She’s a lovely rarity with a literary sound-alike.
Thanks to Karena for suggesting her own name as our Baby Name of the Day.
Karena is a pretty possibility, with more than one origin to consider:
In Danish, Katherine shortens to Karen. In Swedish, she becomes Karin. The -en spelling was a smash hit in the US during the 1950s and 60s. Karena and Karenna follow logically from Karen and company.
Cara is an Italian endearment, akin to sweetheart. It became a name in the 1800s, and caught on around the same time Karen was popular. Kara was actually the more successful spelling. Carina is a diminutive form of Cara – little sweetheart. While Carina and Karena are probably pronounced differently by most, there’s probably some crossover.
Cara is also sometimes linked to Charles and Carolineand all of the other names in that family. In Czech, both Kara and Karen are sometimes heard as surnames derived from Karel, the Czech form of Charles.
Then there’s Corinna, from the Greek word for maiden. Corinna was popularized in a seventeenth century poem – Corinna’s going a-Maying. Plus, Ovid used Corinna in one of his works. She has a similar sound to Karena.
But Corinna isn’t the unexpected literary twist.
Former vice president Al Gore and his wife Tipper – born Mary Elizabeth – have a daughter named Karenna. Apparently, Tipper read Tolstoy’s Anna Karenina while pregnant and thought that Karenna made for a wearable version of Karenina. Clever, right?
Karenna Gore is all grown up now, of course. Her daughter is named Anna.
Today, Karena appeals for another reason. It might be a great way to honor a loved one named Karen. Karen occasionally charted in the Top 1000 from the nineteenth century through the 1920s. She started to climb in 1928, reaching the Top 200 in 1935 and #50 in 1938. From 1951 through 1968, she was a Top Ten choice – meaning that odds are good that you might be trying to honor a mom, grandmother, sister, or aunt called Karen. While some ends-in-en choices for girls feel classic – like Lauren or maybe Allison – Karen has fallen steadily to #287 in 2011. Fewer of us will consider Karen for a daughter.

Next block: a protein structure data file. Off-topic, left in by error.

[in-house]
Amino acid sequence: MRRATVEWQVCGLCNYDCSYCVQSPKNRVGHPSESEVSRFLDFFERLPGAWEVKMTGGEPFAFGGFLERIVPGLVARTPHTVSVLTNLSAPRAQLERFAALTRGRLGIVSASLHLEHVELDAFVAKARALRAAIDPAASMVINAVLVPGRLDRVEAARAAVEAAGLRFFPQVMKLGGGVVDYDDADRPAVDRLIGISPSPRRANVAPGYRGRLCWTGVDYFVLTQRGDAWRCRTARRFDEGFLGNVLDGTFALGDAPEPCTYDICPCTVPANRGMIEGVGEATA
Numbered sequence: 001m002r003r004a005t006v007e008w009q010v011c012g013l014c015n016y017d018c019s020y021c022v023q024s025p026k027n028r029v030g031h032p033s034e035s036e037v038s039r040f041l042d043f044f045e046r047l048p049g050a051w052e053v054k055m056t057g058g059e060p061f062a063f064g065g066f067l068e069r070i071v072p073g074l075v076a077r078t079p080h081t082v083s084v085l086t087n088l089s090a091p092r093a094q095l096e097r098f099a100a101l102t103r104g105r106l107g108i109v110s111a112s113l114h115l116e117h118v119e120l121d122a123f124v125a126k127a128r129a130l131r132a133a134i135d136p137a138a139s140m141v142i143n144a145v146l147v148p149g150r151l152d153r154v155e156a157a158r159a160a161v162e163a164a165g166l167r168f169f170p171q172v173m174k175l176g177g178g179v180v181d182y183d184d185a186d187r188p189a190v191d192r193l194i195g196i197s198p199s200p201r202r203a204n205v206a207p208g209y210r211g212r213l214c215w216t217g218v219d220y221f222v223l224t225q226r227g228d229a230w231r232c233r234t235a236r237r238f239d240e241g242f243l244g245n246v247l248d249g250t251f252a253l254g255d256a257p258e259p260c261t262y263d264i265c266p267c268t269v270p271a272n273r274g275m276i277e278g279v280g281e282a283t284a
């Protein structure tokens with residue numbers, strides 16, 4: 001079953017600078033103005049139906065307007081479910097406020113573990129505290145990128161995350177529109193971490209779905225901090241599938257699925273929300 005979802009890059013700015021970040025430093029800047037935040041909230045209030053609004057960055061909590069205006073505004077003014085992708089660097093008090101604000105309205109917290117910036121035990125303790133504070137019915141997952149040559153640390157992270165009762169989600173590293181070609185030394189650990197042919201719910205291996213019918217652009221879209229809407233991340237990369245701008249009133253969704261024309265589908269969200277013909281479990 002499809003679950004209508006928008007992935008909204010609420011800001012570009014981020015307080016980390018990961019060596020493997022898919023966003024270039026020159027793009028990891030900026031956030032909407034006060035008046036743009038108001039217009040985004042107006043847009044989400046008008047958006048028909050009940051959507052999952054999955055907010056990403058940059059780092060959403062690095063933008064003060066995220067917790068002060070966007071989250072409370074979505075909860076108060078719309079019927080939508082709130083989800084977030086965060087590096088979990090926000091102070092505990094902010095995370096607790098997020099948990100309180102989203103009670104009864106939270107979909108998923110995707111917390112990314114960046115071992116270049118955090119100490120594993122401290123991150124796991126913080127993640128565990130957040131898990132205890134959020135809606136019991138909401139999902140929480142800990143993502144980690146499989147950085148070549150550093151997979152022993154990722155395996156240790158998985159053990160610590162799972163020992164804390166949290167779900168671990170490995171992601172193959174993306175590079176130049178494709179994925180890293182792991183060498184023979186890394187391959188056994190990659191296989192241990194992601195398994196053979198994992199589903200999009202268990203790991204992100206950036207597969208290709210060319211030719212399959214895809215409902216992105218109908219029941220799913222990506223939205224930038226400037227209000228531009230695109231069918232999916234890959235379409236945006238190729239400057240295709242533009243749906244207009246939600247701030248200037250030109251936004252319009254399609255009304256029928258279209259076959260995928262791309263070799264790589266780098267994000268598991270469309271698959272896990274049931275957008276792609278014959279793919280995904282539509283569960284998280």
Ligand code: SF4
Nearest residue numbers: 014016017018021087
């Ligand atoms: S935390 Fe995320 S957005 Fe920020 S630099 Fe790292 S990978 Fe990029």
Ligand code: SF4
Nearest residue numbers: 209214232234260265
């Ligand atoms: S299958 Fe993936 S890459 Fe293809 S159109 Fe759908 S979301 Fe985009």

Karena feels markedly different. Maybe it is because we’re still fond of the -en, -ena, -enna ending. Sure, the never-ending versions of Makenna and Mackenna are tired, but think of:
Add in certain pronunciations of Helena and Madalena, and the sound feels quietly stylish today.
Karena is also rarer than you might expect. The name was given to just 26 girls in 2011, and has never cracked the Top 1000. The -enna spelling is even less common – she was given to just eight girls. Karina – which almost certainly sounds like kah REE na – peaked just outside of the Top 100 in the mid-90s and remains relatively common. But Karena feels like a different name.
A few notable Karenas include Hong Kong-based singer/actress Karena Lam, and, of course, Karenna Gore Schiff.
On the downside, Karena could cause some confusion with pronunciation and spelling. But if you’re looking to honor a beloved Karen, she’s a brilliant way to update the name without making too much of a change.